TABLE 4
Within-run reproducibility test
CV (%)
Example 41.06
Example 51.08
Example 60.99
Comparative4.22
Example 3

As shown in Table 4, the CV values indicating the data variation obtained by the within-run reproducibility test under the respective measurement conditions of Examples 4 to 6 were as good as about 1%. On the contrary, the CV value indicating the data variation obtained under the measurement conditions of Comparative Example 3 was over 4% which is remarkably large and completely unsatisfactory for use in control of the HbA1c value of diabetics.

Example 7

A migration path coated with a cationic polymer immobilized on an immobilized coating layer of a non-ionic hydrophilic polymer was used, and a buffer solution containing a water-soluble polymer having an anionic group was used as the electrophoresis buffer solution for measurement in each of Examples 7 to 9.

(1) Coating of Inner Surface of Migration Path

A capillary made of fused silica (produced by GL Sciences, Inc., 75 μm in inside diameter×50 cm in full length) was set in a capillary electrophoresis apparatus (produced by Beckman Coulter, Inc., PAC/E MDQ). In order to wash the inside of the capillary, 0.2N NaOH, ion exchange water, and 0.5N HCl were allowed to flow through the capillary in this order. Thereafter, a 1.0% by weight aqueous solution of polyvinyl alcohol (produced by Nihon Synthetic Chemical Industry Co. Ltd., GOHSENOL GH-20, non-ionic hydrophilic polymer) was allowed to flow through the capillary for 20 minutes. Subsequently, air was injected into the capillary to send out the polyvinyl alcohol aqueous solution, and then the capillary was dried in a drier at a temperature of 40° C. for 12 hours. Thereafter, the procedure of injection of the polyvinyl alcohol aqueous solution, injection of air and drying was repeated 5 times to coat the inner surface of the capillary with the non-ionic hydrophilic polymer.

Next, the procedure of injection of the solution, injection of air and drying was repeated 5 times by the same method as that described above to further coat the inner surface of the capillary with an ionic polymer, except that a 5.0% by weight solution of polybrene (produced by Wako Pure Chemical Industries, Ltd., ionic hydrophilic polymer) was used instead of the 1.0% by weight polyvinyl alcohol aqueous solution used in the above process.

(2) Preparation of Measurement Sample

A blood sample was collected from a healthy human with heparin. To 70 μL of this healthy human whole blood sample was added 200 μL of a citrate buffer solution (pH 6.0) containing 0.01% by weight of Triton X-100 (produced by Wako Pure Chemical Industries, Ltd.) to hemolyze and dilute the blood sample. The sample thus obtained was used as a healthy human blood sample.

To 70 μL of a healthy human whole blood sample collected from a healthy human with heparin was added glucose to give a concentration of 2500 mg/dL, and warmed at a temperature of 37° C. for 3 hours to artificially prepare a sample containing a large amount of unstable HbA1c that is a form of modified Hbs. The sample thus prepared was used as the sample containing the modified Hb.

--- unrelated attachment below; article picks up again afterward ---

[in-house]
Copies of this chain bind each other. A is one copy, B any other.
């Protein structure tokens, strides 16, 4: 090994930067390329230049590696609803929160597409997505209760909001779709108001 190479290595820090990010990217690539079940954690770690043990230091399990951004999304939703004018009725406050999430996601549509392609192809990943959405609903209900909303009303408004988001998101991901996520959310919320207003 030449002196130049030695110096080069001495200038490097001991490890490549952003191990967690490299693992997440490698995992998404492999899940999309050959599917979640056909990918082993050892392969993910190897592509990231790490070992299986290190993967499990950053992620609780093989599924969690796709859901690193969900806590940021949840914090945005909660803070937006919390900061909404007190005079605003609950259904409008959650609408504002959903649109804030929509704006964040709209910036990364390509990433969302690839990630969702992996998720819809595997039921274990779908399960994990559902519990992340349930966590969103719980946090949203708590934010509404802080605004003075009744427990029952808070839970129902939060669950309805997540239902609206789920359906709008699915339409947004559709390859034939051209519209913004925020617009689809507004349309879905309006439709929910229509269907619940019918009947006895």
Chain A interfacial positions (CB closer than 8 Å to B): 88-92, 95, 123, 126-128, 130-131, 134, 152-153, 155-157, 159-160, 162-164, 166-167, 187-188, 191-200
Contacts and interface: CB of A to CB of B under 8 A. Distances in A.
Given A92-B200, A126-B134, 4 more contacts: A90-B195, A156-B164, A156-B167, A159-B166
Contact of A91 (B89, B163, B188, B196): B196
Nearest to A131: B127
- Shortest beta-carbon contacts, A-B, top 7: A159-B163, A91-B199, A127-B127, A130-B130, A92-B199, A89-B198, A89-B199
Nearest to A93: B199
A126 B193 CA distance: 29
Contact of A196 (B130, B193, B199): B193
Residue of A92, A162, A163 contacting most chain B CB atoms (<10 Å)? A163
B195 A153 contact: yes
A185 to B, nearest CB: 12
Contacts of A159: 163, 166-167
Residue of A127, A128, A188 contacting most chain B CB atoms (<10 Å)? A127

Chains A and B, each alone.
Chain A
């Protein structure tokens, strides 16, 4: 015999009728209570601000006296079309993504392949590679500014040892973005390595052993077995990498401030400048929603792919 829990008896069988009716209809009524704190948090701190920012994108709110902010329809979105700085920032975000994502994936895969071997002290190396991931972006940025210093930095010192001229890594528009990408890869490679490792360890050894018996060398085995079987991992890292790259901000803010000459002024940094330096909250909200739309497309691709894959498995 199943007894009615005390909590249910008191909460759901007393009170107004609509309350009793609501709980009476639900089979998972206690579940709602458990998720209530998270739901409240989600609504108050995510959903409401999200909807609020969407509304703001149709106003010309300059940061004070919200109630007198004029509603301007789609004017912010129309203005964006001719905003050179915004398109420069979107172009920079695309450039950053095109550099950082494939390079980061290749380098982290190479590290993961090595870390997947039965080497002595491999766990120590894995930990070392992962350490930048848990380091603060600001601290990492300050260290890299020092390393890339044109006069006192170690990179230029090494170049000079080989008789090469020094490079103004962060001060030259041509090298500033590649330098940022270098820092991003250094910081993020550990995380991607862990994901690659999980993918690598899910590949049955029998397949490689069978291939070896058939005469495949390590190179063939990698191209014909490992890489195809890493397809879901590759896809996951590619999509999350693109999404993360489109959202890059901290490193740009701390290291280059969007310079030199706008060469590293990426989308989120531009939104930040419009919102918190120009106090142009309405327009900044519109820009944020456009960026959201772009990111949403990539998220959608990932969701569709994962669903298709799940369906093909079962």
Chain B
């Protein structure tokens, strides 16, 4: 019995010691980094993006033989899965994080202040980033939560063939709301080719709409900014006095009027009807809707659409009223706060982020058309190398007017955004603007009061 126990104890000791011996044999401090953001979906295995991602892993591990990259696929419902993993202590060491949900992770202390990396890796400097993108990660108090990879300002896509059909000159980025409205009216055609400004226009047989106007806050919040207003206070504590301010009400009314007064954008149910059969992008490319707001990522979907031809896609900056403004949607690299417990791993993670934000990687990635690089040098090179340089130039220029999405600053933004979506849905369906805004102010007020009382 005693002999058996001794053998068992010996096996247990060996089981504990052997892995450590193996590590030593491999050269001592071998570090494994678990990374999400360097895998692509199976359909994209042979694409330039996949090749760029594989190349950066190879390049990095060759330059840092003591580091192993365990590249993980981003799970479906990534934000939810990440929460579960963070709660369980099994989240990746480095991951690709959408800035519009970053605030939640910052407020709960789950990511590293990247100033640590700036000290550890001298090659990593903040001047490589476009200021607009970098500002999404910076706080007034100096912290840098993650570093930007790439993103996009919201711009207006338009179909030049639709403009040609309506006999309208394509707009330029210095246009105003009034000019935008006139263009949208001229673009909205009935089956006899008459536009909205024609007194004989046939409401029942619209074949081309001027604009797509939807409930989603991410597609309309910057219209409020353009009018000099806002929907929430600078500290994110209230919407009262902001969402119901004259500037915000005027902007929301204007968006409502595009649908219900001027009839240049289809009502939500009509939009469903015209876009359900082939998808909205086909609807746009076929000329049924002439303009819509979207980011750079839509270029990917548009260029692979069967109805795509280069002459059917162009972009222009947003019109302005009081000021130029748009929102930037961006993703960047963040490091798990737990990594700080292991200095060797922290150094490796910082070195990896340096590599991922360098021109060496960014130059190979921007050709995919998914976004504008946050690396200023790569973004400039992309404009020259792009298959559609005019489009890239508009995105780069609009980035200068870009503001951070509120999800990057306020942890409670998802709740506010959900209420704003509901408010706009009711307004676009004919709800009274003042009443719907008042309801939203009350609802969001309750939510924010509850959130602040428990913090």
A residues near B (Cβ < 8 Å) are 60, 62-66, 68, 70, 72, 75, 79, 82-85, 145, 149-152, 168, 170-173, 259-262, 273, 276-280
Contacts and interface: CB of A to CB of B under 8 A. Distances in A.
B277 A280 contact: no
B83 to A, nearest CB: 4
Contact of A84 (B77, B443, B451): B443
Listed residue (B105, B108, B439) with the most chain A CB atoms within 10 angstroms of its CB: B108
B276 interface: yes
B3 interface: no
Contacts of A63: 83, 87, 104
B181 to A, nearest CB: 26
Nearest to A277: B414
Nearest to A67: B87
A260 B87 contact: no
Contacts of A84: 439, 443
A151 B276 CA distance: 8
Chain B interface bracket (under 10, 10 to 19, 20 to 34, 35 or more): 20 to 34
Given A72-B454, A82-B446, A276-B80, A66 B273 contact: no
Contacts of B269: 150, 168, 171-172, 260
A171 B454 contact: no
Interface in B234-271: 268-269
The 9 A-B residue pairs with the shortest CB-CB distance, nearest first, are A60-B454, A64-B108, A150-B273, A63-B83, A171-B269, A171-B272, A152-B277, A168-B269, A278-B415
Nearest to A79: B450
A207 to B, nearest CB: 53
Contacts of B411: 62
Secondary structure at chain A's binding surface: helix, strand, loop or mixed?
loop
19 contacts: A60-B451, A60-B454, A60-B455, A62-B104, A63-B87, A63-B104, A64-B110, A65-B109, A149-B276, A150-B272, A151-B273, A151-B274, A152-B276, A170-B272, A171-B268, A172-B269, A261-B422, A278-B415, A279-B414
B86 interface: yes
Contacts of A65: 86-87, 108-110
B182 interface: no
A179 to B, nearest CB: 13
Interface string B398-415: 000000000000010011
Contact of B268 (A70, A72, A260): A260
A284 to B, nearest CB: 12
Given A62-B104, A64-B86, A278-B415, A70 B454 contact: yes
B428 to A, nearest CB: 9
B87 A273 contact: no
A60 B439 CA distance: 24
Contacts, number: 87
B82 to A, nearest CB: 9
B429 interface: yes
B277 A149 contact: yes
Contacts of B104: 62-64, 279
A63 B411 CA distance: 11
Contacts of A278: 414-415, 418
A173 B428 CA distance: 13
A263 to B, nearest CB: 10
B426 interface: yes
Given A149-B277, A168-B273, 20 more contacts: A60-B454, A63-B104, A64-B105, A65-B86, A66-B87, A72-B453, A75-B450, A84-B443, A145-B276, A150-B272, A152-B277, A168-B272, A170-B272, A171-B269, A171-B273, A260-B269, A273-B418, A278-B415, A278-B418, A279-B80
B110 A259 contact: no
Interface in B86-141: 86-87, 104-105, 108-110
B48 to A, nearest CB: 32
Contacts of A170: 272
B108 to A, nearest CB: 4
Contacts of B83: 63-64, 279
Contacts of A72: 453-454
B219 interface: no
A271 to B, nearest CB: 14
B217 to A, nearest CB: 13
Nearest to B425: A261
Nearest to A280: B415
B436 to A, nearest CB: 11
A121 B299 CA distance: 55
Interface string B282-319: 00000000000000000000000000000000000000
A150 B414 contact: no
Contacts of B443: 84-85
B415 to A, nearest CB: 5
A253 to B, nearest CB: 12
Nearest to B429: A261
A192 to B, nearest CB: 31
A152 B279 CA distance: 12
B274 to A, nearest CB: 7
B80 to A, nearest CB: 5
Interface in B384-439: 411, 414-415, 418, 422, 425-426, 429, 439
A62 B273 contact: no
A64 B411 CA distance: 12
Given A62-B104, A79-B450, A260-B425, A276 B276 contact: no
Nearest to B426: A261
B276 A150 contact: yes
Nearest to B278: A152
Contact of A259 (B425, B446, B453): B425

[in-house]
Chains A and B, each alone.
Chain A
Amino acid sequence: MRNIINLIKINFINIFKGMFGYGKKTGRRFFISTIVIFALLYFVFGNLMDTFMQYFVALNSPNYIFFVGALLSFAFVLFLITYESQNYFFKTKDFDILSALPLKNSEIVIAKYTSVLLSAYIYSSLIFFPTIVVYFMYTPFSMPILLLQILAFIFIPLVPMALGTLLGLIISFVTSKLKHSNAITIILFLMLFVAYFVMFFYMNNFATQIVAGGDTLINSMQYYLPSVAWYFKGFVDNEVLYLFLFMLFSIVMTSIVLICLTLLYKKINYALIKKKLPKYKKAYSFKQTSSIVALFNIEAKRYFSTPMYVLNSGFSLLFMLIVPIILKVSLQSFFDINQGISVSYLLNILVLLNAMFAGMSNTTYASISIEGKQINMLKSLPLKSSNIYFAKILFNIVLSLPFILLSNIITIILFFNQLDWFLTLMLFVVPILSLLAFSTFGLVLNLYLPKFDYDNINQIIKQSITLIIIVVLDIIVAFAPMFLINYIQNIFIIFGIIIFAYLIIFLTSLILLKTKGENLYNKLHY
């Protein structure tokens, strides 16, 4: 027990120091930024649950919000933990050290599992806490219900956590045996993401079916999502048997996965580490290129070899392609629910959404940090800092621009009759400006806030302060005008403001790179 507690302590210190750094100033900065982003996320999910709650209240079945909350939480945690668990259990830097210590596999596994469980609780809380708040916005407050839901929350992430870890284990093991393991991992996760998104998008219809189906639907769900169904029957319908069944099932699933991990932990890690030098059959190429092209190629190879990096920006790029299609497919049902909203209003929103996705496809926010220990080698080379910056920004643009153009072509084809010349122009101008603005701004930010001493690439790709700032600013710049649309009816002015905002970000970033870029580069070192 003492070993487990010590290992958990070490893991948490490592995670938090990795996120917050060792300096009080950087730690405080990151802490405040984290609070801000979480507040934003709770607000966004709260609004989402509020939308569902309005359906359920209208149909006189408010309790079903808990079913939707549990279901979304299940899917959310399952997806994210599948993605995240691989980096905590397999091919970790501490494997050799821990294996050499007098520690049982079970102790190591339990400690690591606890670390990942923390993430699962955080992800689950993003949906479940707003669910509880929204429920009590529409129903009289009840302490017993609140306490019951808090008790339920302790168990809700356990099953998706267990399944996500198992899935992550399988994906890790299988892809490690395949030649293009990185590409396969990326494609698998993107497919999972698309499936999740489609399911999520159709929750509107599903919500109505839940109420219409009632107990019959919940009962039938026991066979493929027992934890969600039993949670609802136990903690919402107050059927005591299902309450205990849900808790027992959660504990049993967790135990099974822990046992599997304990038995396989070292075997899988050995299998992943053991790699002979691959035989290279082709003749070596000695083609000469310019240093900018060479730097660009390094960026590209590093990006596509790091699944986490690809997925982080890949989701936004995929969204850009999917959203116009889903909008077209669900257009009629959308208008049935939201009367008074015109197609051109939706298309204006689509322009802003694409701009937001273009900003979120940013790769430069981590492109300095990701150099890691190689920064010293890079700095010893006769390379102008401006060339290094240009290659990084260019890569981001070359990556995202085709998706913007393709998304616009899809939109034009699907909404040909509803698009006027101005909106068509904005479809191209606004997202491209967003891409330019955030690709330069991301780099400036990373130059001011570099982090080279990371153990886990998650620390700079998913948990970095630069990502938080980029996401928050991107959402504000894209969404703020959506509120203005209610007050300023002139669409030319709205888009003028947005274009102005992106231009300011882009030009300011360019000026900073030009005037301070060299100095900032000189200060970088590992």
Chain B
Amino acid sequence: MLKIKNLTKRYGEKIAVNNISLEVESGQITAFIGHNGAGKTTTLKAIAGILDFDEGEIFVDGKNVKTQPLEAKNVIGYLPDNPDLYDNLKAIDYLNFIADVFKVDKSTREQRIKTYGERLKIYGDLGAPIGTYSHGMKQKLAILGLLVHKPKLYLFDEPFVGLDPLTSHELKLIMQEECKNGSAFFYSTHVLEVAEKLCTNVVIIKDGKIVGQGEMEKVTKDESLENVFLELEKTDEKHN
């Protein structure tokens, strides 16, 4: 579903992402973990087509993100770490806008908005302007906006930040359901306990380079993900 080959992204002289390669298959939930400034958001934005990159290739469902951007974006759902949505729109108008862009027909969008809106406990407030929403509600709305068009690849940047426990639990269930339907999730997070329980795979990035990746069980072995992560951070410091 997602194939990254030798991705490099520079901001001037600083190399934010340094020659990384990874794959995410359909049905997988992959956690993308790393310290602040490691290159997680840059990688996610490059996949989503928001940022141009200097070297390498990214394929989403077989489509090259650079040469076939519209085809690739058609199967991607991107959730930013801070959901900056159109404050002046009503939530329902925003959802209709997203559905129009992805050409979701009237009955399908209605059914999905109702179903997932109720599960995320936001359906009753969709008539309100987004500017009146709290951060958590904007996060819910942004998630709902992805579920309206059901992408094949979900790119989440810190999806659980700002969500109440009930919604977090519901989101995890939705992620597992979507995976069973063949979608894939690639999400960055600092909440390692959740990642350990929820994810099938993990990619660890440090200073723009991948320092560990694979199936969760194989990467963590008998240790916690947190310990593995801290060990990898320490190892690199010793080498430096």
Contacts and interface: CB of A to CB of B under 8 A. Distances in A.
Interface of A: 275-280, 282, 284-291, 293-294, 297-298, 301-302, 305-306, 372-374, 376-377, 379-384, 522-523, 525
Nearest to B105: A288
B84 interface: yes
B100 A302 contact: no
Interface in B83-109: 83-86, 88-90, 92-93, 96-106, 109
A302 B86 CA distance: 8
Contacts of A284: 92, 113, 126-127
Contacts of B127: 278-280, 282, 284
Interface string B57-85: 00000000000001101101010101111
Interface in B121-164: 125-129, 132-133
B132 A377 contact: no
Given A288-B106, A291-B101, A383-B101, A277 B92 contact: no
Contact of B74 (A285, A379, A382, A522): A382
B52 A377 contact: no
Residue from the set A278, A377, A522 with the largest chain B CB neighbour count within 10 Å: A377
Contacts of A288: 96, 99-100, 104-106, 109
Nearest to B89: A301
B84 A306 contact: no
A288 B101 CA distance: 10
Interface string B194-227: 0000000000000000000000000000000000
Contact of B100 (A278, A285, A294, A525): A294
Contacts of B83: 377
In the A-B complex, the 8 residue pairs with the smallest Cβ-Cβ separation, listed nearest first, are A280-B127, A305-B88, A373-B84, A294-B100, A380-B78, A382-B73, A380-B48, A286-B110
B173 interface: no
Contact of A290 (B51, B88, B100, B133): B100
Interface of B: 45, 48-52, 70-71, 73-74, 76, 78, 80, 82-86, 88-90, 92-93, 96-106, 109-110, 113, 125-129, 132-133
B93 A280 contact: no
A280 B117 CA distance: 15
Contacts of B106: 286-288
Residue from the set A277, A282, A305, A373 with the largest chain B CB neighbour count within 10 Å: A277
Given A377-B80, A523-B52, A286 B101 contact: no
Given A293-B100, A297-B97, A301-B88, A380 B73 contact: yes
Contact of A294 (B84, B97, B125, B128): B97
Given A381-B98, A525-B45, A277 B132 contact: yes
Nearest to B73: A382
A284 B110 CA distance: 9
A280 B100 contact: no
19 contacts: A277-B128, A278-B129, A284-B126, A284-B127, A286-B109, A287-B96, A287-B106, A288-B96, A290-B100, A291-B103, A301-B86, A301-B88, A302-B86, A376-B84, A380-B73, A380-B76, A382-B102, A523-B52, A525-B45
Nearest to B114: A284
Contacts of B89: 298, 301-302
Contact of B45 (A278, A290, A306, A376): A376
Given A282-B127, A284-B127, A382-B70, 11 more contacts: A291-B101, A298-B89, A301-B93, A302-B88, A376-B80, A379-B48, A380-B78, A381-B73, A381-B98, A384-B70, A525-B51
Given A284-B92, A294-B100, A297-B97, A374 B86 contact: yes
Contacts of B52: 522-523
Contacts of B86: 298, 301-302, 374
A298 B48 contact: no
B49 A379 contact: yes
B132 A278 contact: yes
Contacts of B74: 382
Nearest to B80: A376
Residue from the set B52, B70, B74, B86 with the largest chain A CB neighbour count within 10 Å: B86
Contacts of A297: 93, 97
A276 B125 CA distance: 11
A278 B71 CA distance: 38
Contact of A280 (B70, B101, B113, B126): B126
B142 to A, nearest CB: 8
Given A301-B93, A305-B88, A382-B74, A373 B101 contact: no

(3) Measurement by Electrophoresis

The healthy human blood sample and the sample containing the modified Hb thus prepared were measured using the above-mentioned capillary. A 200 mM citrate buffer solution (pH 5.0) containing 2.0% by weight of chondroitin sulfate (produced by Wako Pure Chemical Industries, Ltd., water-soluble polymer having an anionic group) was used as the electrophoresis buffer solution. Either of the samples was injected into the capillary from one end, and subjected to electrophoresis at a voltage of 22 kV to measure absorbance at 415 nm.

Each peak in the electropherogram under the measurement conditions of Example 7 was favorably separated from the others like in FIGS. 4 and 5.

The modified Hb separation performance test and the within-run reproducibility test were performed using the measurement samples prepared in the process (2) by the same methods as in the processes (5) and (6) of Example 1, respectively. Table 5 and Table 6 show the respective results.

Example 8

(1) Coating of Inner Surface of Migration Path

A double-T-shaped electrophoresis migration path having a width of 100 μm was formed on a microdevice made of fused silica (7 cm×5 cm). In order to wash the inside of the migration path in the microdevice, 0.1N NaOH, ion exchange water, and 0.2N HCl were allowed to flow through the migration path in this order. A 1.0% by weight aqueous solution of polyvinylpyrrolidone (produced by NIPPON SHOKUBAI Co., Ltd., PVP-K-90W, non-ionic hydrophilic polymer) was allowed to flow through the migration path for 20 minutes. Subsequently, air was injected into the migration path to send out the polyvinylpyrrolidone aqueous solution, and then the migration path was dried in a drier at a temperature of 40° C. for 12 hours. Thereafter, the procedure of injection of the polyvinylpyrrolidone aqueous solution, injection of air and drying was repeated 5 times to coat the inner surface of the migration path with the non-ionic hydrophilic polymer.